Vitamin C serums and products are popping up all over, but what’s the actual unfiltered scoop? It’s easy to get caught up in the marketing ploy benefit touts like reducing hyperpigmentation and brighter skin, but it may or may not be a solution for you depending on your current skincare routines. The following 4 points will help steer you in the right direction for your skin!
Why Vitamin C Serums Can Help Your Skin
Vitamin C is an antioxidant that helps protect your skin from damaging free radicals caused from UV exposure. It also inhibits melanin production, which helps reduce the visibility of dark spots. It’s also commonly used to promote collagen synthesis. In real-life terms, it means it helps support the production of it in your body by interacting with amino acids. How does this shake out on the results side? While it won’t do the heavy lifting on wrinkles like retinol, it’s a great way to prevent future damage/wrinkles if used correctly, since it promotes collagen production. Some of the results include a brighter and more even complexion. It’s a must for fighting hyperpigmentation and promoting even skin tone!
When To Use A Vitamin C Serum
Vitamin C serums or other products containing it should ideally be used at night when your body is going through the recovery process, especially with serums of higher concentrations. It’s almost like taking a muscle recovery drink before bed! It can also help protect your skin from free radicals outdoors like sun exposure, pollution, smoke, etc if used during the day. That said, it’s also safe for morning use (twice a day). Morning use has its benefits too since it protects the skin against free radicals. These free radicals can cause aging. If you are going to use it during the day, make sure your skin is acclimated to it. Always use it sparingly, as a little goes a long way. A half dime-size drop is sufficient for your face, as with most serums. Just like vitamins, taking more won’t do anything, as it will be removed from your body as waste.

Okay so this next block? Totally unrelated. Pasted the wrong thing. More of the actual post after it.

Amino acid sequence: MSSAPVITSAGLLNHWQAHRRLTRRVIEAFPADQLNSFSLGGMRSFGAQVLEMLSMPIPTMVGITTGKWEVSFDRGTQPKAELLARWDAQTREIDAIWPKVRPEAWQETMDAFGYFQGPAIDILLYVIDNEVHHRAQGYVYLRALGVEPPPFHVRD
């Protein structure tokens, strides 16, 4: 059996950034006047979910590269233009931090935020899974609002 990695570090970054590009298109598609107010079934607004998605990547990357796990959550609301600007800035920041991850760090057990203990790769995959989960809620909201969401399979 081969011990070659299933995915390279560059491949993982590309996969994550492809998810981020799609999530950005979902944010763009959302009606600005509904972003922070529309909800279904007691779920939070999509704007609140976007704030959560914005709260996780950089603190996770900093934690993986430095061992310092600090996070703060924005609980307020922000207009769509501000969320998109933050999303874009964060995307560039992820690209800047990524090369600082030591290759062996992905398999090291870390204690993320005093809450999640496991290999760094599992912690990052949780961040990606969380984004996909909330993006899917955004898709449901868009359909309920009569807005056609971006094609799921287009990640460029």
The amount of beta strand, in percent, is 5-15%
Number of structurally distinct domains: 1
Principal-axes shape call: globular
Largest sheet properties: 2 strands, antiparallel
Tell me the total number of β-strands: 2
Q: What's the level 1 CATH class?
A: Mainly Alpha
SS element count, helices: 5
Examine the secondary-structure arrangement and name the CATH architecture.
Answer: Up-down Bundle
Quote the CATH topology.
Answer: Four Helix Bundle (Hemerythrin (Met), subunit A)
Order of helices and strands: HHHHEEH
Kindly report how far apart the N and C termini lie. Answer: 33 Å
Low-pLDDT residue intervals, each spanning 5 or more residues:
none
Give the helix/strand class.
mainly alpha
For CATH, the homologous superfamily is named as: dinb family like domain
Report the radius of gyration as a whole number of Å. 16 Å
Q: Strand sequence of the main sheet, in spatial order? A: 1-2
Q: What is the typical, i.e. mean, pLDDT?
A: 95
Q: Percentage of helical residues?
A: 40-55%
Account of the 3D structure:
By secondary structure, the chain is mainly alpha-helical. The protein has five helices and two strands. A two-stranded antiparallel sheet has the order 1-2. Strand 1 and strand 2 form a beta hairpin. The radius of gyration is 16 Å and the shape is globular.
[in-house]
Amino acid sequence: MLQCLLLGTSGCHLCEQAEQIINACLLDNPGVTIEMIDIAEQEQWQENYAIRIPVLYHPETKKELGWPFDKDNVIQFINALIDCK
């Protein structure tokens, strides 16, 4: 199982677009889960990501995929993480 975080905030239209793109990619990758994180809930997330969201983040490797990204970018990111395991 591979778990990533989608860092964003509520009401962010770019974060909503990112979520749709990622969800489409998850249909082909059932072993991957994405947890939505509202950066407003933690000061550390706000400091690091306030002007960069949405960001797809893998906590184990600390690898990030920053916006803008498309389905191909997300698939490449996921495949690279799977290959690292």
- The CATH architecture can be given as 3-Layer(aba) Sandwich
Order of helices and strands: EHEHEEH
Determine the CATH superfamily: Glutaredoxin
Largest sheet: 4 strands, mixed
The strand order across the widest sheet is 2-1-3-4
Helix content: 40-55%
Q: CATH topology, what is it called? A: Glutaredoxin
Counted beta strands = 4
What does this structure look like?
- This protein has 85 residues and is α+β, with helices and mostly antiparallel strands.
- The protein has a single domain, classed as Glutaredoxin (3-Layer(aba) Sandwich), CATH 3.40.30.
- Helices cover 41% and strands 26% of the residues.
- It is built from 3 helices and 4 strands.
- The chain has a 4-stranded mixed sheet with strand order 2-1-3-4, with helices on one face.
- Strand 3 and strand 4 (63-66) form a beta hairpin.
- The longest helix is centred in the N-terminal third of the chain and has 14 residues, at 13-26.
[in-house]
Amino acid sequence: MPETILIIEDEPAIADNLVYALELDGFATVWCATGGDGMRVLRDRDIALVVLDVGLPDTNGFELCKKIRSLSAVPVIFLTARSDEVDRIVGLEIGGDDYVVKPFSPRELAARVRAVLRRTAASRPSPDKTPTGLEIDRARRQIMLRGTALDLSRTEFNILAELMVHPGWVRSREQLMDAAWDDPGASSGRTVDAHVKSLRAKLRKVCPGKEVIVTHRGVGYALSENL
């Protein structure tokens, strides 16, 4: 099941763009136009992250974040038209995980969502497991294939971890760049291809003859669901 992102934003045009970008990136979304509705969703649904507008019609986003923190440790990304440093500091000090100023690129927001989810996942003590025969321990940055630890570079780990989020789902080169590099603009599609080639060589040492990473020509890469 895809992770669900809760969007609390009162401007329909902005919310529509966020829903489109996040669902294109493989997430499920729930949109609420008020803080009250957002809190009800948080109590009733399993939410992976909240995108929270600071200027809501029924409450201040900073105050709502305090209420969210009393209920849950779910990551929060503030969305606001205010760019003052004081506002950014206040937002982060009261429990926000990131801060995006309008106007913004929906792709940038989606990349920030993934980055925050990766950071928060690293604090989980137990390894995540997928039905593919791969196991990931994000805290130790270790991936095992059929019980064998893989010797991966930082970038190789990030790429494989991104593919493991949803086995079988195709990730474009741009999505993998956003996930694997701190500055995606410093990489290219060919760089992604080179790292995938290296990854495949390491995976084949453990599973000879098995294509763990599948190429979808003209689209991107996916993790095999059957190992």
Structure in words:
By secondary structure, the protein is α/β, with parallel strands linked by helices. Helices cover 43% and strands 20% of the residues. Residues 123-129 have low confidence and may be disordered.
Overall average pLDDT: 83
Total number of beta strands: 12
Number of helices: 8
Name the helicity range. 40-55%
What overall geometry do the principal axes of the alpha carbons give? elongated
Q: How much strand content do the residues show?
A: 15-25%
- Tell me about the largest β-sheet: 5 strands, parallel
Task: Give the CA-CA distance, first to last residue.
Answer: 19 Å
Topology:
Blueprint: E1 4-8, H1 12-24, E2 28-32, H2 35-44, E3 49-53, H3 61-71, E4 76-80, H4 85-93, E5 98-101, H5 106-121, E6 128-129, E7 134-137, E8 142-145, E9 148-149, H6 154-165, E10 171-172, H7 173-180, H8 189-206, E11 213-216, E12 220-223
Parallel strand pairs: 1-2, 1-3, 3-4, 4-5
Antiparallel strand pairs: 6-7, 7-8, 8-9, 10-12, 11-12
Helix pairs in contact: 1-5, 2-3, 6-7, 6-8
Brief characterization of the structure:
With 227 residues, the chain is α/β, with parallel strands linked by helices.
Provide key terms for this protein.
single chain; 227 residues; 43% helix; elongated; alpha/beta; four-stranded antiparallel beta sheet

Why It Needs To Be Kept In The Fridge
I love having cold sheet masks and rollers, but they are not the reason I got a skin fridge a few years ago. I got it to protect certain serums and products I use more sparingly. Sure, vitamin C has antioxidant properties, but only when you eat food that contains it. On the skin, it’s the opposite, meaning that it will oxidize and spoil if not cared for. This is why it needs to be kept in a cooler environment, and why I screw on my caps so tight for these types of serums. It’s also best to apply it immediately and let it seep in as quickly as possible to avoid this. You’ve likely seen the oxidation process on older serums that turn brown. Throw it away at that point, as it won’t be as effective, and could cause irritation depending on the formula. I learned this from one of my estheticians back home in California!
Who It’s Not For
Anyone under the age of 25, in my opinion. Why? Our bodies start decreasing collagen production after that age. Using it too early means it may not be as effective later in life. Additionally, one of the more negative effects of using a serum with vitamins is that your body may not need it just yet. Think of it like actual vitamins! You wouldn’t take the same vitamins as your parents, right? Taking vitamins you don’t need means your body will dispose of it as waste. The same goes for vitamin C serums. If you are not deficient in vitamin C, you won’t reap the collagen-boosting benefits. That said if you are deficient it could eventually desensitize your body from producing collagen if used daily, as I touched on earlier. AKA: you’ll age faster. I highly suggest talking to your doctor or esthetician to see if you really need it before adding it to your routine.
Vitamin C Products For Beginners
Vitamin C Products For Seasoned Skincare Users